On Monday, I made the long trip up to the Land Transport Office, the Japanese version of your local License Bureau, to return the Town & Country’s license plates and obtain an export certification. Sometime this morning, the shippers are slated to come and take it to the port in Yokohama where it will be loaded into a container and put on a ship headed to the United States. If everything goes right, next week I will make my own journey and, as I tromp down the boarding ramp and take my seat in a 777 in preparation for the long flight home, my most recent Japan experience will be over.
As I sit here this morning, much of the house already torn apart and loaded into boxes, I’m struggling with how I feel about that. I often tell people that, when I am back in the States, I fight and fight for an assignment that will take us back to Japan but that, not two weeks after we arrive, I will wonder why the hell it is we came here. To be honest, Japan can be a tough place to live and, like most experiences, once you get involved in the ebb and flow of daily events, you tend to focus on the moment and forget to be amazed. It’s only when the day to day struggle ends, usually about the your departure becomes imminent, that you begin to realize where you are, what other opportunities there were, and what else you might have done.
It’s the same professionally. On the one hand, I feel like I have done everything I could but, on the other, wonder what I might have accomplished had I, and the people I work with, been able to rise above the day-to-day churn. Should I have set loftier goals? Should I have grabbed people by the ear and forced them to listen? Or was I right to come in slow, learn the system and then try to work within it? Because I took the one direction and not the other, I’ll never know.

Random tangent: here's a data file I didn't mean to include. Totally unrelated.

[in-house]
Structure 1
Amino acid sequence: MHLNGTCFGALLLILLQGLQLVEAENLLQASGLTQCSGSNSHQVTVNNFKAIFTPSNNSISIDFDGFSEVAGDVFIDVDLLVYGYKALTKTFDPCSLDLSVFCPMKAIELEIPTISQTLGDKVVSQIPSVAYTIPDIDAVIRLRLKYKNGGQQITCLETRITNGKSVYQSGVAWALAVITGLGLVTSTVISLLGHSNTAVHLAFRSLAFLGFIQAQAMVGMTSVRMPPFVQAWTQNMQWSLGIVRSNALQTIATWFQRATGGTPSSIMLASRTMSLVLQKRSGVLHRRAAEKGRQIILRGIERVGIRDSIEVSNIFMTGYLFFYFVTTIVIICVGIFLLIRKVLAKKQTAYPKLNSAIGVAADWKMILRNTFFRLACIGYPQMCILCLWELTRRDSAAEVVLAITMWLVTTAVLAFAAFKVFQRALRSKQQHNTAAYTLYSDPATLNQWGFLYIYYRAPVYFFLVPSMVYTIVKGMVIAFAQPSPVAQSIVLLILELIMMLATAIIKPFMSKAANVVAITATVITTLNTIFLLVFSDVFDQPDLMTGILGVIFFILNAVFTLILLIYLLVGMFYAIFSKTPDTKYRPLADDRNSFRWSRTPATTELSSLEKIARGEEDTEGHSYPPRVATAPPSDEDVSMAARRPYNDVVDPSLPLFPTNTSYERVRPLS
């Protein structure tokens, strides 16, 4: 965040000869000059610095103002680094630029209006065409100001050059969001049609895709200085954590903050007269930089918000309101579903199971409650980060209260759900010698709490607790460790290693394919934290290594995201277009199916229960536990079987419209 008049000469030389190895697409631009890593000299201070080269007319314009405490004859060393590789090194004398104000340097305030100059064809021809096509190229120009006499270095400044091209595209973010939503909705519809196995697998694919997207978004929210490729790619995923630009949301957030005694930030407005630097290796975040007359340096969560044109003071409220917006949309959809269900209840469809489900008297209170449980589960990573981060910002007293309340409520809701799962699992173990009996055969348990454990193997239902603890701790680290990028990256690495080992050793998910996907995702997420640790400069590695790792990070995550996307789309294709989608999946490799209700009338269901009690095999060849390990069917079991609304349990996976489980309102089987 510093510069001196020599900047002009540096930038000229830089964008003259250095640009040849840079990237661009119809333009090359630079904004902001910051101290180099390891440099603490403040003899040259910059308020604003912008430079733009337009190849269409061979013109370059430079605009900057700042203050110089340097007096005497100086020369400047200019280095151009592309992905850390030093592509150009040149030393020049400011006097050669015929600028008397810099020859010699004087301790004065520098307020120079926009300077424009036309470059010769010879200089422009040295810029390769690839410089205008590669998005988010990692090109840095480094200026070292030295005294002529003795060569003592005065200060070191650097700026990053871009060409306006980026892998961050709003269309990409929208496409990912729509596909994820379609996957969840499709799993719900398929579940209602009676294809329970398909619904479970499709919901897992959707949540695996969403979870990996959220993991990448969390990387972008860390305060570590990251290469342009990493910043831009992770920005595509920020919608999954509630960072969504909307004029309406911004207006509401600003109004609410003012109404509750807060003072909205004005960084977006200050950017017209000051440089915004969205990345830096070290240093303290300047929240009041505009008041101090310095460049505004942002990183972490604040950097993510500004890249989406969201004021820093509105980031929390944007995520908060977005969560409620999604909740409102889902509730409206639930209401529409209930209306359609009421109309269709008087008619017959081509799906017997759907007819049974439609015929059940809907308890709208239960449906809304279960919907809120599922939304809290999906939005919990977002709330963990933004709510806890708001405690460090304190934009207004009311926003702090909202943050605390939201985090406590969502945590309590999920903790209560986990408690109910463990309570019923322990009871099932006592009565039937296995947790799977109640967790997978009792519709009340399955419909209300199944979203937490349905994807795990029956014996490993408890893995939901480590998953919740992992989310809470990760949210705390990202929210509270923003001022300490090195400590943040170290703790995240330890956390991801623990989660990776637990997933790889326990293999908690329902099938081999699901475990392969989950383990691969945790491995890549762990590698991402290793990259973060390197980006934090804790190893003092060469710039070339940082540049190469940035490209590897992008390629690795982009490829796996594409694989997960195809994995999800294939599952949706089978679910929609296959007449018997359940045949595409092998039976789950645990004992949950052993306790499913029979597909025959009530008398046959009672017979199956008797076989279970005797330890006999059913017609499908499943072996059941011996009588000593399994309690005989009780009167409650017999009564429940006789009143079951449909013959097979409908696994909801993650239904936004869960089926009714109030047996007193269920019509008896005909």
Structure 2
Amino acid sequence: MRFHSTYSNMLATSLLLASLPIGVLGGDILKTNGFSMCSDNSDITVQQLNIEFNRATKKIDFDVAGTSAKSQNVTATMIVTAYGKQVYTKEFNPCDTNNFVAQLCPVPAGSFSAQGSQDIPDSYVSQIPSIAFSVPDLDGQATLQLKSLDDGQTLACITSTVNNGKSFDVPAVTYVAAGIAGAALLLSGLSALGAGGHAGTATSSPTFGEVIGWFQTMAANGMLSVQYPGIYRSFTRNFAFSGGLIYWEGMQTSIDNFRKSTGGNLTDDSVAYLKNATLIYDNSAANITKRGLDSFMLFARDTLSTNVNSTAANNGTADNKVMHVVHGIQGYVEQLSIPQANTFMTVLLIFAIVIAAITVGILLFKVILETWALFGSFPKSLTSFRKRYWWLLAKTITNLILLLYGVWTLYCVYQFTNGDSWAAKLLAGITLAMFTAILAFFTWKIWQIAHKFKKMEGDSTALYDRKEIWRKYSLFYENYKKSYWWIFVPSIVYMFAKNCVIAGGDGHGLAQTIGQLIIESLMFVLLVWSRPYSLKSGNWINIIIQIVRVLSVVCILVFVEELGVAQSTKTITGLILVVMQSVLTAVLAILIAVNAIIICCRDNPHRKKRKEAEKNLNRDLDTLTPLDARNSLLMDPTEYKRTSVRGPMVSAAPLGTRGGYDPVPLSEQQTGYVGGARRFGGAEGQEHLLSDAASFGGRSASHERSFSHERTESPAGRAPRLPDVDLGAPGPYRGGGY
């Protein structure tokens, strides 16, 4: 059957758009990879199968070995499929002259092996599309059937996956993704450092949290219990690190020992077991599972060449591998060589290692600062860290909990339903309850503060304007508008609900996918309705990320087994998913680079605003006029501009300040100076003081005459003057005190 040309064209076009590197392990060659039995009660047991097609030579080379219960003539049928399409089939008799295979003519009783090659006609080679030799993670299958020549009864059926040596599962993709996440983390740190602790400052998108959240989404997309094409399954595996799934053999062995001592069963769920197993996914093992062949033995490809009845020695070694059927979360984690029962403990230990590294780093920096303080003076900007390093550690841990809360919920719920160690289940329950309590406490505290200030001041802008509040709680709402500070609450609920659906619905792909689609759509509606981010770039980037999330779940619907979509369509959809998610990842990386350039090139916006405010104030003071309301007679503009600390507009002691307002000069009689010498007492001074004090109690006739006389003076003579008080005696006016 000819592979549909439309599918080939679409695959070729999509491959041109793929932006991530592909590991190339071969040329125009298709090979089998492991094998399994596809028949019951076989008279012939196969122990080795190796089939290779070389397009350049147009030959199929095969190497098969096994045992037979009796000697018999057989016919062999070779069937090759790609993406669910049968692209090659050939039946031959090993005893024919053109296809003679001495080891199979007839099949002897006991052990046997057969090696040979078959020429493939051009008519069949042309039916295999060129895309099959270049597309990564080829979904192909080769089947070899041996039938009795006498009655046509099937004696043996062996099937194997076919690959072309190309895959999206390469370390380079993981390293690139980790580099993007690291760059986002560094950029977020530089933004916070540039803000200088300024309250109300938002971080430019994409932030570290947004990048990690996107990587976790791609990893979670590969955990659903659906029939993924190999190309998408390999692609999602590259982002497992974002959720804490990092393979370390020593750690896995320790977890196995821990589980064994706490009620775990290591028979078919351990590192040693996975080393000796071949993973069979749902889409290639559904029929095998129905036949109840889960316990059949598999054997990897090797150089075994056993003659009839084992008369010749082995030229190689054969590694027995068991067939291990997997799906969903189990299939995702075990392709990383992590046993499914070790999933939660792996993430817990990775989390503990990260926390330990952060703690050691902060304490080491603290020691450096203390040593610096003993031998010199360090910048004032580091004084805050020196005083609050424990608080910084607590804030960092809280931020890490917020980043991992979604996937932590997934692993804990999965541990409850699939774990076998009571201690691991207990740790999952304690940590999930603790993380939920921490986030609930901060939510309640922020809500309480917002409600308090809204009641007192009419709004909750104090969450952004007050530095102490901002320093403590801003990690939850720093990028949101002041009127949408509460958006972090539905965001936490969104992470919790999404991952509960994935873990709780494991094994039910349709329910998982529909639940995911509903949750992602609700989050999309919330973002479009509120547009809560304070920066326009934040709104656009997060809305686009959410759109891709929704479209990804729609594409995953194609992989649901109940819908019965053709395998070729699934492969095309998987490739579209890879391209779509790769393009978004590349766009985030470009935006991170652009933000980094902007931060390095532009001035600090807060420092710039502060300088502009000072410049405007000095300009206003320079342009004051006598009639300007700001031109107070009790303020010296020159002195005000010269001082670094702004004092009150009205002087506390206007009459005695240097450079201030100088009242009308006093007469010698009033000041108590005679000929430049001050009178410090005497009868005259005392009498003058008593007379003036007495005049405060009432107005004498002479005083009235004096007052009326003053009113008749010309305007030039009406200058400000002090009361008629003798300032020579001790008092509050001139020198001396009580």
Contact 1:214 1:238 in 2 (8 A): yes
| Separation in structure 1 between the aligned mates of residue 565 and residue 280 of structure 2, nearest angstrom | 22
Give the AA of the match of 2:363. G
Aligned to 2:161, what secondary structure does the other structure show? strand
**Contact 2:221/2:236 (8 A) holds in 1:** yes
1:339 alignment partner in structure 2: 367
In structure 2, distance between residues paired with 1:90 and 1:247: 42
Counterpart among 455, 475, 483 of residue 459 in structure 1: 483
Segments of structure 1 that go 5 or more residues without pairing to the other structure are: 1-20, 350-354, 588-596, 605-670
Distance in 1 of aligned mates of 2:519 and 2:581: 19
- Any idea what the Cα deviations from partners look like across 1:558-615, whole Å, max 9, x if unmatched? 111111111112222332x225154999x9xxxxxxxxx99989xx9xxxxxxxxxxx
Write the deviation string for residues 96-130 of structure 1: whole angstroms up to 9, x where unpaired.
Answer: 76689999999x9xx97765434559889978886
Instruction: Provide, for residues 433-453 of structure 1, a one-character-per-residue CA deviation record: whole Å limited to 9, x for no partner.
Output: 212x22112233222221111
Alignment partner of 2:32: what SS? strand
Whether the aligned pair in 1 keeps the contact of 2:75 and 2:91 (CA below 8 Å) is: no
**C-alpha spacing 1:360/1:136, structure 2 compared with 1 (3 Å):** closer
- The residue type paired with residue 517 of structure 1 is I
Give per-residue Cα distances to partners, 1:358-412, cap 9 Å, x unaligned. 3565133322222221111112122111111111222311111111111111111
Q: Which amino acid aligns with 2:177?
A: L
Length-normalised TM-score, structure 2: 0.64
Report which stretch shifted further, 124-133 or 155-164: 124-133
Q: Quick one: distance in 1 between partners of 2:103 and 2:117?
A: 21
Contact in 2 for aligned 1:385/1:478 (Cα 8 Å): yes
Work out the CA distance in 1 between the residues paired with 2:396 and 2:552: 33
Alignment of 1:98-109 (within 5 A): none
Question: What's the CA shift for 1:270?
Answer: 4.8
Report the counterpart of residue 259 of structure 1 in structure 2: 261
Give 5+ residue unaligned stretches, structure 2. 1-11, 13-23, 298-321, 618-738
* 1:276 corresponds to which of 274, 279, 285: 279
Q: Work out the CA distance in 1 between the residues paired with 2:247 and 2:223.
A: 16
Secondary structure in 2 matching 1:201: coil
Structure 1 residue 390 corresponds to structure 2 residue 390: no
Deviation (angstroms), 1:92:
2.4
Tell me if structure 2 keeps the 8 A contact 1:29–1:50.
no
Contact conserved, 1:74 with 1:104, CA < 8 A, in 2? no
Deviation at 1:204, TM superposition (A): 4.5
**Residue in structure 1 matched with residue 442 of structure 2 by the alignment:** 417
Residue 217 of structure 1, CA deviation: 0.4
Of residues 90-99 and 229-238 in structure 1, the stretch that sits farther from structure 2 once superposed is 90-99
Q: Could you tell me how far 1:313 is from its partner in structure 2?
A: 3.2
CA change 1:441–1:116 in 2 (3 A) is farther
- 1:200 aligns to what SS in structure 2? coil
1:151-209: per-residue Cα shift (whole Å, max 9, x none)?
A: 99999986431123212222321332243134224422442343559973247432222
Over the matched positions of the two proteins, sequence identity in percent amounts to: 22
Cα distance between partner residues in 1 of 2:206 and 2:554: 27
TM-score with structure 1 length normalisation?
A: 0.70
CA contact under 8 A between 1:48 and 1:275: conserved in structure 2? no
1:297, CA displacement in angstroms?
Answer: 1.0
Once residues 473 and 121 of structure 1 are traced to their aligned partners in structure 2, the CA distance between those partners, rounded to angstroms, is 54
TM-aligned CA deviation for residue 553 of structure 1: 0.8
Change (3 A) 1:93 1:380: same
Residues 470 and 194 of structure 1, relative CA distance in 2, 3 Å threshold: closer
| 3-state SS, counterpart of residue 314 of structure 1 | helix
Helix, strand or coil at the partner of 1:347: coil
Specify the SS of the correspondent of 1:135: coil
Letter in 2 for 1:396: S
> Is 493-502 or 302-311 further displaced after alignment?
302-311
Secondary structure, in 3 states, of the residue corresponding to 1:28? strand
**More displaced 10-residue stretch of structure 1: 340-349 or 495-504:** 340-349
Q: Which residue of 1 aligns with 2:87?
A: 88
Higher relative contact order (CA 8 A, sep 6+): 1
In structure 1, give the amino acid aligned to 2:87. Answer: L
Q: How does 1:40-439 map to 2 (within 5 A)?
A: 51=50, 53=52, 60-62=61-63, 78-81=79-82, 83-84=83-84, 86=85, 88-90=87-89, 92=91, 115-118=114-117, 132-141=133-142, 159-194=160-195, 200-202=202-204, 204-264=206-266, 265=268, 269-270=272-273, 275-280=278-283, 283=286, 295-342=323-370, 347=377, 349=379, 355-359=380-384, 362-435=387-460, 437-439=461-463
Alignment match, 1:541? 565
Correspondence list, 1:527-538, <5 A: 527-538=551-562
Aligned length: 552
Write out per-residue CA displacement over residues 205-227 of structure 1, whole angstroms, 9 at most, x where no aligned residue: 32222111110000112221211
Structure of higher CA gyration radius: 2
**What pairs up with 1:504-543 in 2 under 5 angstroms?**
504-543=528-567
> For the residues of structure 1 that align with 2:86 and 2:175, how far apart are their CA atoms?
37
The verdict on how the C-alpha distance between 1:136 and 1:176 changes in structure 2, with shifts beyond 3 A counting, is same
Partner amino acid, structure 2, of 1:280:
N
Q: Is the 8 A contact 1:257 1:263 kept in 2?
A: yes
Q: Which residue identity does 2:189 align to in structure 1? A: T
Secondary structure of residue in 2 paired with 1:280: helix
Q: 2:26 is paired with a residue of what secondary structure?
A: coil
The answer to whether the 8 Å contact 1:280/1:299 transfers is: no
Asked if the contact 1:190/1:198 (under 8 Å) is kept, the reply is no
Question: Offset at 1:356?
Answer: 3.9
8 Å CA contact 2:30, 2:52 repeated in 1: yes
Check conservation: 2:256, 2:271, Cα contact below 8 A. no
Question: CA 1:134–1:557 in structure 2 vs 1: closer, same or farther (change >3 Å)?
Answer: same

I dislike not knowing. The simple fact that there may have been alternatives bothers me and the idea that I might have accomplished more had I only done something else, had I only been able to find that magic bullet, adds a twinge of metallic to what should be sweet taste of smug satisfaction. I wonder, is it the same with everyone?
At this point in my life, I’ve made these sorts of transitions maybe a dozen times and I can say that the feeling is always the same. It’s a little like suffering the death of someone you love. You wind up sad and wistful because of all the lost opportunities while, at the same time, you are simply overwhelmed by the swirl of day-to-day activity that surrounds you. There is simply so much to do and so much of it has to happen right now.
Funny that the answer to worrying about what might have been turns out to be exactly the same thing that stopped you from achieving it in the first place…